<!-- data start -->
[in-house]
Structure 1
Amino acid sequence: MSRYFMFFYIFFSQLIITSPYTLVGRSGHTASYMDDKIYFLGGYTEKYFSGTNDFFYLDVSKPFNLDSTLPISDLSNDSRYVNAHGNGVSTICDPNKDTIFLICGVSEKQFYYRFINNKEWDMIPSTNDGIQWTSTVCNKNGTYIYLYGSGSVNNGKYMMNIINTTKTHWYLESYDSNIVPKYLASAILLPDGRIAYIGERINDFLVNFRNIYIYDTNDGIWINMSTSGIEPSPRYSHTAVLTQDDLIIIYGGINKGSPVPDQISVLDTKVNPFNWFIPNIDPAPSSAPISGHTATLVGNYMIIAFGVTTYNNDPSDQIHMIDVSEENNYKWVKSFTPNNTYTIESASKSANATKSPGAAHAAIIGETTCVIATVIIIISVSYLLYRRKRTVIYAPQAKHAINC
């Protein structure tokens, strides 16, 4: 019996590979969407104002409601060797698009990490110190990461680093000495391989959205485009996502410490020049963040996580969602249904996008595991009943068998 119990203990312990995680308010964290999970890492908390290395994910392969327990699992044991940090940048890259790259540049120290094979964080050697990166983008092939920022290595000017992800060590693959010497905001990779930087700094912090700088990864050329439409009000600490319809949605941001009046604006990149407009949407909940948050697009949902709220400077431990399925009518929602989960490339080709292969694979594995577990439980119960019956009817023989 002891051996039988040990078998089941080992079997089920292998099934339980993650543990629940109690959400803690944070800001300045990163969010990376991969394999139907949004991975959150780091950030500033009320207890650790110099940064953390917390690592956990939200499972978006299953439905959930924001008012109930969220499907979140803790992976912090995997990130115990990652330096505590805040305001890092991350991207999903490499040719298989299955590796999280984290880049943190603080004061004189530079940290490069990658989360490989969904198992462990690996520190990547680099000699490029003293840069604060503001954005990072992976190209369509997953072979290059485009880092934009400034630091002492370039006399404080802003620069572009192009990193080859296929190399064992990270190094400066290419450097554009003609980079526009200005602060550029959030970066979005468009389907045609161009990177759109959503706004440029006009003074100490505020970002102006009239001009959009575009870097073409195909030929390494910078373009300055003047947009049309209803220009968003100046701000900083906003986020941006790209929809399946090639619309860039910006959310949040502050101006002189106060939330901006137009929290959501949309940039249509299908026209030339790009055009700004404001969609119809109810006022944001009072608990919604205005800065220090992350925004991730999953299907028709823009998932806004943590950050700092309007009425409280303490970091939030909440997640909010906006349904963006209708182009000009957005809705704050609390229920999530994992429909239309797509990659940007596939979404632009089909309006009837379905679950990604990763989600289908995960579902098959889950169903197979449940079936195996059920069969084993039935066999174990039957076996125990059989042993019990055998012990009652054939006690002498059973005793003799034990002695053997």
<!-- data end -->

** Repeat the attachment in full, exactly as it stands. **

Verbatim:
[in-house]
Structure 1
Amino acid sequence: MSRYFMFFYIFFSQLIITSPYTLVGRSGHTASYMDDKIYFLGGYTEKYFSGTNDFFYLDVSKPFNLDSTLPISDLSNDSRYVNAHGNGVSTICDPNKDTIFLICGVSEKQFYYRFINNKEWDMIPSTNDGIQWTSTVCNKNGTYIYLYGSGSVNNGKYMMNIINTTKTHWYLESYDSNIVPKYLASAILLPDGRIAYIGERINDFLVNFRNIYIYDTNDGIWINMSTSGIEPSPRYSHTAVLTQDDLIIIYGGINKGSPVPDQISVLDTKVNPFNWFIPNIDPAPSSAPISGHTATLVGNYMIIAFGVTTYNNDPSDQIHMIDVSEENNYKWVKSFTPNNTYTIESASKSANATKSPGAAHAAIIGETTCVIATVIIIISVSYLLYRRKRTVIYAPQAKHAINC
């Protein structure tokens, strides 16, 4: 019996590979969407104002409601060797698009990490110190990461680093000495391989959205485009996502410490020049963040996580969602249904996008595991009943068998 119990203990312990995680308010964290999970890492908390290395994910392969327990699992044991940090940048890259790259540049120290094979964080050697990166983008092939920022290595000017992800060590693959010497905001990779930087700094912090700088990864050329439409009000600490319809949605941001009046604006990149407009949407909940948050697009949902709220400077431990399925009518929602989960490339080709292969694979594995577990439980119960019956009817023989 002891051996039988040990078998089941080992079997089920292998099934339980993650543990629940109690959400803690944070800001300045990163969010990376991969394999139907949004991975959150780091950030500033009320207890650790110099940064953390917390690592956990939200499972978006299953439905959930924001008012109930969220499907979140803790992976912090995997990130115990990652330096505590805040305001890092991350991207999903490499040719298989299955590796999280984290880049943190603080004061004189530079940290490069990658989360490989969904198992462990690996520190990547680099000699490029003293840069604060503001954005990072992976190209369509997953072979290059485009880092934009400034630091002492370039006399404080802003620069572009192009990193080859296929190399064992990270190094400066290419450097554009003609980079526009200005602060550029959030970066979005468009389907045609161009990177759109959503706004440029006009003074100490505020970002102006009239001009959009575009870097073409195909030929390494910078373009300055003047947009049309209803220009968003100046701000900083906003986020941006790209929809399946090639619309860039910006959310949040502050101006002189106060939330901006137009929290959501949309940039249509299908026209030339790009055009700004404001969609119809109810006022944001009072608990919604205005800065220090992350925004991730999953299907028709823009998932806004943590950050700092309007009425409280303490970091939030909440997640909010906006349904963006209708182009000009957005809705704050609390229920999530994992429909239309797509990659940007596939979404632009089909309006009837379905679950990604990763989600289908995960579902098959889950169903197979449940079936195996059920069969084993039935066999174990039957076996125990059989042993019990055998012990009652054939006690002498059973005793003799034990002695053997």